15: More With View Classes

Group views into a class, sharing configuration, state, and logic.


As part of its mission to help build more ambitious web applications, Pyramid provides many more features for views and view classes.

The Pyramid documentation discusses views as a Python "callable". This callable can be a function, an object with a __call__, or a Python class. In this last case, methods on the class can be decorated with @view_config to register the class methods with the configurator as a view.

At first, our views were simple, free-standing functions. Many times your views are related: different ways to look at or work on the same data, or a REST API that handles multiple operations. Grouping these together as a view class makes sense:

  • Group views.

  • Centralize some repetitive defaults.

  • Share some state and helpers.

Pyramid views have view predicates that determine which view is matched to a request, based on factors such as the request method, the form parameters, and so on. These predicates provide many axes of flexibility.

The following shows a simple example with four operations: view a home page which leads to a form, save a change, and press the delete button.


  • Group related views into a view class.

  • Centralize configuration with class-level @view_defaults.

  • Dispatch one route/URL to multiple views based on request data.

  • Share states and logic between views and templates via the view class.


  1. First we copy the results of the templating step:

    cd ..; cp -r templating more_view_classes; cd more_view_classes
    $VENV/bin/pip install -e .
  2. Our route in more_view_classes/tutorial/__init__.py needs some replacement patterns:

     1from pyramid.config import Configurator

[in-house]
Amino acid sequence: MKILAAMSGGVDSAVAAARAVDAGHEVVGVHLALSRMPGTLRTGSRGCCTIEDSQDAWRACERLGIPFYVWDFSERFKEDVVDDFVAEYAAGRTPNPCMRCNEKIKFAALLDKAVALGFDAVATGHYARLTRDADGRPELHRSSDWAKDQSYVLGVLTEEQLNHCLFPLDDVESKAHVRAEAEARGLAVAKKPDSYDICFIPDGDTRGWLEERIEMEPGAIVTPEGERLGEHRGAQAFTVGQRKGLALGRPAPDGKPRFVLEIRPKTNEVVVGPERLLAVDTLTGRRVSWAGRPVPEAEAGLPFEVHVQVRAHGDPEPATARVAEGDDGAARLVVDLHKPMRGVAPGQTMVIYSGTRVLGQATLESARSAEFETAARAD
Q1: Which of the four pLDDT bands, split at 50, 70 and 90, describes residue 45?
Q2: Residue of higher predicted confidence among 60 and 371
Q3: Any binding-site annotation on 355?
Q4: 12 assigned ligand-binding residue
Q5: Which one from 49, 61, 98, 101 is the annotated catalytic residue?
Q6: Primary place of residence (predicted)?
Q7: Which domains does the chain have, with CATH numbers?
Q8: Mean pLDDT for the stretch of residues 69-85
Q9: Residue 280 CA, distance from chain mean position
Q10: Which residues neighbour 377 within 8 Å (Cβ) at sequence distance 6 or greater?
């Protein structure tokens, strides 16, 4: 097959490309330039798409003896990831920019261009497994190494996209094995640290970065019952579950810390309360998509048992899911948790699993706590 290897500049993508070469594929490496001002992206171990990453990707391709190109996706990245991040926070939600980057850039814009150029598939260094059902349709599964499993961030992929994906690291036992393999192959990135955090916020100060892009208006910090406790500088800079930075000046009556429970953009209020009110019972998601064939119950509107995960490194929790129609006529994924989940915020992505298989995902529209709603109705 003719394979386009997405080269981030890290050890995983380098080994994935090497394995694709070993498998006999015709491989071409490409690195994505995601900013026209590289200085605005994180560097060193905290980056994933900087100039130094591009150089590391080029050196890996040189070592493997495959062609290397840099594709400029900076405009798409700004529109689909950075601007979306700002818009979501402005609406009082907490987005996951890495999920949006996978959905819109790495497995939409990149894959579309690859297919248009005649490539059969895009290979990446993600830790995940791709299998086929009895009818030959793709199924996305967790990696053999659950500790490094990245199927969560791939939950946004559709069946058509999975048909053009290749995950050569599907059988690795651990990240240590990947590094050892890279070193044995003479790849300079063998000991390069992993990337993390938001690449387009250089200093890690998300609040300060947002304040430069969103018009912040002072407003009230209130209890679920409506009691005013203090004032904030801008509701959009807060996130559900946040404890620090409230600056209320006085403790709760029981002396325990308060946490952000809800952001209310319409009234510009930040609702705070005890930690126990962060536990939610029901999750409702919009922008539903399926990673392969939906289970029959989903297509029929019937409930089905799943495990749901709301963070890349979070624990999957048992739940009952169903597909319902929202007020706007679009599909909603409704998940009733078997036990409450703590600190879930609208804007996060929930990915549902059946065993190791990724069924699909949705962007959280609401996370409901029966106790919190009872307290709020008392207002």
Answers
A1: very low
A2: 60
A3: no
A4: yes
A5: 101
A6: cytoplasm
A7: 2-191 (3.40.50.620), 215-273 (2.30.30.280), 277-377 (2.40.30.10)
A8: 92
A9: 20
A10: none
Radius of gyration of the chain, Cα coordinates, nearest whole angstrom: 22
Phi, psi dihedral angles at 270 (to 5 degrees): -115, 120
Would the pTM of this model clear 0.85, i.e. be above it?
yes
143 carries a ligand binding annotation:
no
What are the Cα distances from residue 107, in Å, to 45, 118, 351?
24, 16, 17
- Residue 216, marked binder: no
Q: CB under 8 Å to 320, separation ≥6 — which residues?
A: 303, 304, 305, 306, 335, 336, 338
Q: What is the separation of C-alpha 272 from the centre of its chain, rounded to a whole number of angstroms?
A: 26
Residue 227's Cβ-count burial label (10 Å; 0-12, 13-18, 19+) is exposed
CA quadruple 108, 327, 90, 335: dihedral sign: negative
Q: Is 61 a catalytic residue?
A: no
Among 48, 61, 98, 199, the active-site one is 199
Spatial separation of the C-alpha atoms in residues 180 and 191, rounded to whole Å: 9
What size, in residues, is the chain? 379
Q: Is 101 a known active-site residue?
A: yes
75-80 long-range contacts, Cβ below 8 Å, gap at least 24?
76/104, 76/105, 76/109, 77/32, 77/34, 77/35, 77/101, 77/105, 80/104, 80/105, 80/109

4def main(global_config, **settings):
     5    config = Configurator(settings=settings)
     6    config.include('pyramid_chameleon')
     7    config.add_route('home', '/')
     8    config.add_route('hello', '/howdy/{first}/{last}')
     9    config.scan('.views')
    10    return config.make_wsgi_app()
  3. Our more_view_classes/tutorial/views.py now has a view class with several views:

     1from pyramid.view import (
     2    view_config,
     3    view_defaults
     4    )
     8class TutorialViews:
     9    def __init__(self, request):
    10        self.request = request
    11        self.view_name = 'TutorialViews'
    13    @property
    14    def full_name(self):
    15        first = self.request.matchdict['first']
    16        last = self.request.matchdict['last']
    17        return first + ' ' + last
    19    @view_config(route_name='home', renderer='home.pt')
    20    def home(self):
    21        return {'page_title': 'Home View'}
    23    # Retrieving /howdy/first/last the first time
    24    @view_config(renderer='hello.pt')
    25    def hello(self):
    26        return {'page_title': 'Hello View'}
    28    # Posting to /howdy/first/last via the "Edit" submit button
    29    @view_config(request_method='POST', renderer='edit.pt')
    30    def edit(self):
    31        new_name = self.request.params['new_name']
    32        return {'page_title': 'Edit View', 'new_name': new_name}
    34    # Posting to /howdy/first/last via the "Delete" submit button
    35    @view_config(request_method='POST', request_param='form.delete',
    36                 renderer='delete.pt')
    37    def delete(self):
    38        print ('Deleted')
    39        return {'page_title': 'Delete View'}
  4. Our primary view needs a template at more_view_classes/tutorial/home.pt:

    <!DOCTYPE html>
    <html lang="en">
        <title>Quick Tutorial: ${view.view_name} - ${page_title}</title>
    <h1>${view.view_name} - ${page_title}</h1>
    <p>Go to the <a href="${request.route_url('hello', first='jane',
  5. Ditto for our other view from the previous section at more_view_classes/tutorial/hello.pt:

    <!DOCTYPE html>
    <html lang="en">
        <title>Quick Tutorial: ${view.view_name} - ${page_title}</title>
    <h1>${view.view_name} - ${page_title}</h1>
    <p>Welcome, ${view.full_name}</p>
    <form method="POST"
        <input name="new_name"/>